Tag Archives: Joss Whedon

The Significance of Experiencing Learning

thumbIn a previous blog entry, I wrote about the future of education as depicted in Science Fiction, realizing even that genre does not often share a vision of the learning enterprise. And when it does, the teaching and learning endeavor is protrayed most often as rather unchanged from the present day approach. Yes, there are exceptions such as the direct-to-brain information downloading technique utilized for skills training in The Matrix, but that’s rare. (Hogwarts from the fantasy world of the Harry Potter stories is an absolute disaster as an education model.)

If we’re going to imagine the future, it is the direct-to-brain (d2b) downloading process that seems to be most interesting as a truly new education paradigm. Not only would it effectively address learning outcomes achievement, it would dramatically reduce the time required to acquire knowledge and master skills (at least as the fictional process is defined). To be sure, there are obvious technology hurdles to be overcome: creating the brain-machine interface and determining how to encode information so that it can be accessed through the standard memory recollection process are two of the more obvious challenges. But let’s say we crack the technology. Could people actually learn that way and ultimately retain what they learned?

To run through this thought experiment, it would be helpful to use a fictional model that defines the process and provides a framework for our assumptions. While the concept of digital compression of information fed into the brain has been used several times in Science Fiction (Scalzi’s Old Man’s War series, Whedon’s Dollhouse, the Wachowskis’ Matrix trilogy), it is the Star Trek: The Next Generation episode “The Inner Light” that is based on the central theme of the digital information transfer and what actually takes place in the “learner’s” mind during the process.

Written by Morgan Gendel, “The Inner Light” is about remembering the experiences of a lifetime without having to live through that life in real time. Briefly, the technical scenario within the plot is this: an alien probe finds Captain Picard and creates a wireless link to his brain. Through the link, the probe downloads an entire lifetime’s worth of experiences into Picard’s brain. From his perspective, it is all completely real, and he thinks he is living that life: having children, learning to play the flute, suffering the death of his best friend, having grandchildren, and watching his wife grow old and eventually die). In real-time, however, only 25 minutes has elapsed. When the download is complete and the link is broken, Picard discovers the entire life he lived was just an interactive simulation of experiences placed in his memory… and that he now knows how to play the flute as he learned it in his simulated life.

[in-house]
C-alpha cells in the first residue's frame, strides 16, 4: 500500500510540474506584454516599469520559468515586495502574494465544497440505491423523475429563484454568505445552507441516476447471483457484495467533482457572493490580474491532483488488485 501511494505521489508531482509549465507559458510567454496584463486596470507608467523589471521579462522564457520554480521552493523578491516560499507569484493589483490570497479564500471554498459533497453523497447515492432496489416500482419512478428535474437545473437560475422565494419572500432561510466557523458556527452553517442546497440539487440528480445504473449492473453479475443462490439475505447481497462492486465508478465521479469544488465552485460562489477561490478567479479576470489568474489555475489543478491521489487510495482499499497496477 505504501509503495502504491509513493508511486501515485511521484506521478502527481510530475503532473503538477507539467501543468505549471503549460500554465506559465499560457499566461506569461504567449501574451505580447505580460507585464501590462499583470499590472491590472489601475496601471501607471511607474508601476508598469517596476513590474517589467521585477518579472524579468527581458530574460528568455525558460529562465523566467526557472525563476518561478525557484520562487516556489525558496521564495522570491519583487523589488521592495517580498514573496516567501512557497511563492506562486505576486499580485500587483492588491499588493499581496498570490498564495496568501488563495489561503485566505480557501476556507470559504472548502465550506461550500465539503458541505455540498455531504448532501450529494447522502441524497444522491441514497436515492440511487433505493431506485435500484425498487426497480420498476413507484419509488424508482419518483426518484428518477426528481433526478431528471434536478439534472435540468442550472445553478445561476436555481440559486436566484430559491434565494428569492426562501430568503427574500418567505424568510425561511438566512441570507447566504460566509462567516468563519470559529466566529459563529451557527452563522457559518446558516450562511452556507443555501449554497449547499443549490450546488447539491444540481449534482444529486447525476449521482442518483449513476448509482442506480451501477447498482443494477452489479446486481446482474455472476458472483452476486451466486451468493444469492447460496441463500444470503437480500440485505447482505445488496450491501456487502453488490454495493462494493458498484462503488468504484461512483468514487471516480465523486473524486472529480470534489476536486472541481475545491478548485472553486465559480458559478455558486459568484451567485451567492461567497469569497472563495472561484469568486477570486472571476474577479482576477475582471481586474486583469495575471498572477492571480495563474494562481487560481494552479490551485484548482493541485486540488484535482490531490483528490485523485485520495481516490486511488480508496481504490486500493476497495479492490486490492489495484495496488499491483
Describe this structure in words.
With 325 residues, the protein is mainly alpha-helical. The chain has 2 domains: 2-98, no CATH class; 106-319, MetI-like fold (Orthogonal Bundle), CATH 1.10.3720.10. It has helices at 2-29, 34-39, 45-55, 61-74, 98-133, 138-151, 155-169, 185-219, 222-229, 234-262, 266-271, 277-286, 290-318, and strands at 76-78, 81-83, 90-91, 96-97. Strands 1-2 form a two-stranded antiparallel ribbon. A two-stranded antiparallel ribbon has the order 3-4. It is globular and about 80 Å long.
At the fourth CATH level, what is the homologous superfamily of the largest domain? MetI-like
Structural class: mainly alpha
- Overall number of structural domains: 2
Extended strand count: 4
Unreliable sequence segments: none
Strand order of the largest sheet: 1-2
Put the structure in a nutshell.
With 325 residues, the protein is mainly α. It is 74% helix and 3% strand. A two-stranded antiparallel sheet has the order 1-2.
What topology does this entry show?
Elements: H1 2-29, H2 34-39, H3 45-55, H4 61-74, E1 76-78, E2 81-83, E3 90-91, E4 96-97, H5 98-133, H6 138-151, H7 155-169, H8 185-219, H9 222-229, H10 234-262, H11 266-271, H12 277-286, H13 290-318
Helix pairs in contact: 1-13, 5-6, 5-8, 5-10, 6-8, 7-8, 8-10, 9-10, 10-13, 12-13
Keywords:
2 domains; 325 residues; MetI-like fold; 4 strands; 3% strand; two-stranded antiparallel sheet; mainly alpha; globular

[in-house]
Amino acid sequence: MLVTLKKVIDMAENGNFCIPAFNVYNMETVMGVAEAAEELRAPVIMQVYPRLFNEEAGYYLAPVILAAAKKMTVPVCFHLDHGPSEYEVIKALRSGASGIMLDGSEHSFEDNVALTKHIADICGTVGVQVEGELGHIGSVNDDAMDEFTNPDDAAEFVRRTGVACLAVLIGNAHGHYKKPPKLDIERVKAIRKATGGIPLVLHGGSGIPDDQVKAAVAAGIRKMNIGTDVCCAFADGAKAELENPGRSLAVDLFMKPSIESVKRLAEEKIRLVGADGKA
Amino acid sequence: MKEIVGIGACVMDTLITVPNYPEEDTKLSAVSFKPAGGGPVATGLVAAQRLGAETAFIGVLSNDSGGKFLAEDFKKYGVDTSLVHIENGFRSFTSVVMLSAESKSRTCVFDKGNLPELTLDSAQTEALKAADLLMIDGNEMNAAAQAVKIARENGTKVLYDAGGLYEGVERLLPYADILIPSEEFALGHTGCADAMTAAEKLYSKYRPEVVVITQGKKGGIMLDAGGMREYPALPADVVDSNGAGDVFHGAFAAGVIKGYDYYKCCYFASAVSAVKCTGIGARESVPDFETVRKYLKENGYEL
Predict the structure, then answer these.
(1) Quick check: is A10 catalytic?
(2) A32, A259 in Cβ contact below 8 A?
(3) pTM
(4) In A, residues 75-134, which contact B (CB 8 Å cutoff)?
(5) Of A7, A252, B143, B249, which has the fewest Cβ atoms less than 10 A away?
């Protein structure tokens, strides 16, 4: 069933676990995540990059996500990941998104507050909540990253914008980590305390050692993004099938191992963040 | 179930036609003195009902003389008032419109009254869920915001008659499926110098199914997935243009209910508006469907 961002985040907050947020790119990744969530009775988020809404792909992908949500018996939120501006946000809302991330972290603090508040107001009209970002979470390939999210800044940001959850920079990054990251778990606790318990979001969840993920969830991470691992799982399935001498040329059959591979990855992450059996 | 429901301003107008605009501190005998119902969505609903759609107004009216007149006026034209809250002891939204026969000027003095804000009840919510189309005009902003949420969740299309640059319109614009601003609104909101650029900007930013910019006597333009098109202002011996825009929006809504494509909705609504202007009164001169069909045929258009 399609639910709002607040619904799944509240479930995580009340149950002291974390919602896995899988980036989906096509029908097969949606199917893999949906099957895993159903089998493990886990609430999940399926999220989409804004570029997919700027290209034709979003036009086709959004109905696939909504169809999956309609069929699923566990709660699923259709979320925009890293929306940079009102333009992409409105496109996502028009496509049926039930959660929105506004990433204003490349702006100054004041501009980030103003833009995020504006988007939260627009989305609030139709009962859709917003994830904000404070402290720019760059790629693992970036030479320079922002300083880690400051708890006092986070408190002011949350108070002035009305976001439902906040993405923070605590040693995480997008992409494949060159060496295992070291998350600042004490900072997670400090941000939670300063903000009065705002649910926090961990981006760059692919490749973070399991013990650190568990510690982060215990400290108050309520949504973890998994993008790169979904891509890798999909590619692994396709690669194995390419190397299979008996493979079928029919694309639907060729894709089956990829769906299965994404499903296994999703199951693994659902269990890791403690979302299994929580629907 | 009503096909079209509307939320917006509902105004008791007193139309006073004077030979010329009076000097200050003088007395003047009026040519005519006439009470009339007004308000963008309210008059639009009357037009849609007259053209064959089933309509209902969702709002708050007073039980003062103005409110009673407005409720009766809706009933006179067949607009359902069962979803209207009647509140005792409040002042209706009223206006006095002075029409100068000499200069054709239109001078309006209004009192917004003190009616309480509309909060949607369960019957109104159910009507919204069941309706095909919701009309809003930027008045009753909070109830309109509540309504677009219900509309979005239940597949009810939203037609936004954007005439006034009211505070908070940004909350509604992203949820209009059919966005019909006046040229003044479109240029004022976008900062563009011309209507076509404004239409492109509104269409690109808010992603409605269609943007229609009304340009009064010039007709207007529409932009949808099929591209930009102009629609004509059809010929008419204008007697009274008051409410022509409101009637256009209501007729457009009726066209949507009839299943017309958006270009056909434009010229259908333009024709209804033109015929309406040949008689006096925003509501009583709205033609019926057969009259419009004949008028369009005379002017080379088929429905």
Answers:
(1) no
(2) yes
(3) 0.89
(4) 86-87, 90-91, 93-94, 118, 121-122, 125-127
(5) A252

What interests me about this particular concept of d2b downloading is that it addresses the context of experience in memory. Whatever a person learns, whether it is the alphabet, discrete facts such as names or dates, complex lines of reasoning, or sequenced physical skills like playing the flute, the act of learning is wrapped in a broader experience of what the person was doing during the learning activity. How important is this, especially when it comes to having the learning “stick”?

In 1890, Williams James noted that human consciousness appeared to be continuous. John Dewey observed much the same thing, and in 1932 wrote:

As an individual passes from one situation to another, his world, his environment, expands or contracts. He does not find himself living in another world but in a different part or aspect of one in the same world. What he has learned in the way of knowlege and skill in one situation becomes an instrument of understanding and dealing effectively with the situations which follow. The process goes on as long as life and learning continue.

Dewey is telling us that learning is a continuum, and lessons learned (formal or not) become the foundation for lessons yet to be learned. Certainly this makes sense to us intuitively, and there is research indicating pre-established schema expedites more rapid memory consolidation in the brain. Which is a way of saying that we learn things more quickly if we already have a context for understanding what we’re learning.